“If you’re an actual resident I can’t imagine it getting easier,” state Rep. Rick Becker said of new voter ID legislation which passed earlier this week.
HB1369 is now before Governor Doug Burgum and some, including the Grand Forks Herald editorial board, are urging a veto. But Becker says the legislation is prudent, and an improvement over the status quo which allows voters without valid ID to cast a ballot after signing an affidavit saying they are who they say they are.
The problem, which Becker pointed out to me, is that those affidavits aren’t reviewed very closely.
The number of ballots cast using affidavits was up 55 percent in 2016, and there are some indications that a disturbing number of those ballots may have been cast fraudulently.
[mks_pullquote align=”right” width=”300″ size=”24″ bg_color=”#ffffff” txt_color=”#000000″]”Sometime during the two years between elections you’re going to get to a town that has a DMV in it,” he said.[/mks_pullquote]
Rep. Chris Olson, a Republican from West Fargo, laid out some data during a floor debate over this legislation earlier this session. He told his fellow lawmakers that Cass County was still working on verifying affidavits used to cast ballots in last year’s election, and that among the thousands of affidavits found they found numerous problems including 86 Minnesota addresses, 2 Wisconsin addresses, 102 affidavits “returned undeliverable”, and 5 people who denied having executed an affidavit to vote.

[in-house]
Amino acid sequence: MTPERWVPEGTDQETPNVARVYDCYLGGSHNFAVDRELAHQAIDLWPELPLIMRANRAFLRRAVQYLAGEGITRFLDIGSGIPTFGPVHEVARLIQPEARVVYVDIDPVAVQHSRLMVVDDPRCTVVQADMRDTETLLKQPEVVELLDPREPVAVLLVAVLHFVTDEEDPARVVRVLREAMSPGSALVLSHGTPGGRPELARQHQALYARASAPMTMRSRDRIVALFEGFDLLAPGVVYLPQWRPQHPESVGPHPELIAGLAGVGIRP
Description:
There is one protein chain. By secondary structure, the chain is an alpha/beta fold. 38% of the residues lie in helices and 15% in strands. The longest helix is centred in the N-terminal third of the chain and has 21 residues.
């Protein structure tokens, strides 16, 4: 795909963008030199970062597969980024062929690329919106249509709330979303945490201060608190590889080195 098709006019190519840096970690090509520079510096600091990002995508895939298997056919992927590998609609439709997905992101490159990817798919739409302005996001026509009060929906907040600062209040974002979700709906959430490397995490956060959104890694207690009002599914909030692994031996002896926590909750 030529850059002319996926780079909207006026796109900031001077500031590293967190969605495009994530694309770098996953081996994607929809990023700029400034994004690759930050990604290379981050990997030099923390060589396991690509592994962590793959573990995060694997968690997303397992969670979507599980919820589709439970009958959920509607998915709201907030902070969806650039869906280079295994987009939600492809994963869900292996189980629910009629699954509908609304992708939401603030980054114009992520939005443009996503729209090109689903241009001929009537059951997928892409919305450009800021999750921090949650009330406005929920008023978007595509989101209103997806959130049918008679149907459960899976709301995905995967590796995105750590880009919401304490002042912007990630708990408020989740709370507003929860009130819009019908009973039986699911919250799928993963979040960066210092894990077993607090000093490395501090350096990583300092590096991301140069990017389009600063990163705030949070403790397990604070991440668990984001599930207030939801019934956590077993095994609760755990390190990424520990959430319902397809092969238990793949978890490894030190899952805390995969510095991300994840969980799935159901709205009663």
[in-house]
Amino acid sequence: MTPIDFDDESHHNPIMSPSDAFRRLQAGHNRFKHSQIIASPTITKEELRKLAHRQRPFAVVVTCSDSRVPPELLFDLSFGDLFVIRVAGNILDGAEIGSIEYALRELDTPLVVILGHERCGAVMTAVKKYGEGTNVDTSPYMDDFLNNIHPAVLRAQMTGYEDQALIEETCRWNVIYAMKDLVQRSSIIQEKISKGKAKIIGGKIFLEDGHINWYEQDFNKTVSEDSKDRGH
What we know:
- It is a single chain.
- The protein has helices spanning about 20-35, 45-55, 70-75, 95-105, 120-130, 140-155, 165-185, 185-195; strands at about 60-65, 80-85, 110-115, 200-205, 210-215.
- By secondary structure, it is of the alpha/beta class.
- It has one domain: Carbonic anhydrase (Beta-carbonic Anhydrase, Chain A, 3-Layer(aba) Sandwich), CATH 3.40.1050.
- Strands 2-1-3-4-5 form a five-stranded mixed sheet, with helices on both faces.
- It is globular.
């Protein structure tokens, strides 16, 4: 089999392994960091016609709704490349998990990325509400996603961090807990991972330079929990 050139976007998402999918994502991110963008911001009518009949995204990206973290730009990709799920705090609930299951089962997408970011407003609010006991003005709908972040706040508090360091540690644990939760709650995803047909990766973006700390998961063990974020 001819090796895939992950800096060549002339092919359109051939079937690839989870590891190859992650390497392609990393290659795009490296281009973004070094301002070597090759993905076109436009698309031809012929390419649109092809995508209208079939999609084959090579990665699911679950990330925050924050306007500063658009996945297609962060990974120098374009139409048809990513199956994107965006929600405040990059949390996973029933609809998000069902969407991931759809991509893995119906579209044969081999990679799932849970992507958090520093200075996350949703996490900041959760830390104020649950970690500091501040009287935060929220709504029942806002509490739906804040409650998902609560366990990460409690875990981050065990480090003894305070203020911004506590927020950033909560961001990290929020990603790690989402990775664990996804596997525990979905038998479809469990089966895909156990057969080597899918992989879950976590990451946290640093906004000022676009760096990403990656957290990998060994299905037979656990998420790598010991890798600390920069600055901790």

And that’s just for one county.
This new legislation doesn’t allow anyone to cast a ballot with an affidavit. If you don’t have valid ID when you go into vote you can cast a ballot, but it’s set aside until you return with valid ID.
“All you have to have is enough gumption to go in and get an ID,” Becker told me of the new bill, pointing out that state ID’s are free for those who can’t afford them.
I asked him about those who live in the rural parts of the state, who say they’re too poor or too infirm to travel in to a DMV to get an ID, and Becker dismissed the concerns.
“Sometime during the two years between elections you’re going to get to a town that has a DMV in it,” he said.
Will this bill stand up to legal scrutiny? Who knows. The courts have applied an absurd standard to voter ID laws, whereby laws setting out the qualifications one must meet to vote are fine, but laws aimed at verifying that any given voter meets those qualifications are not.
If this latest change to the law is struck down the legislators ought to keep trying. Because if one thing is certain, the status quo is unacceptable.
During the 2015 session North Dakota’s lawmakers passed a bill removing affidavits
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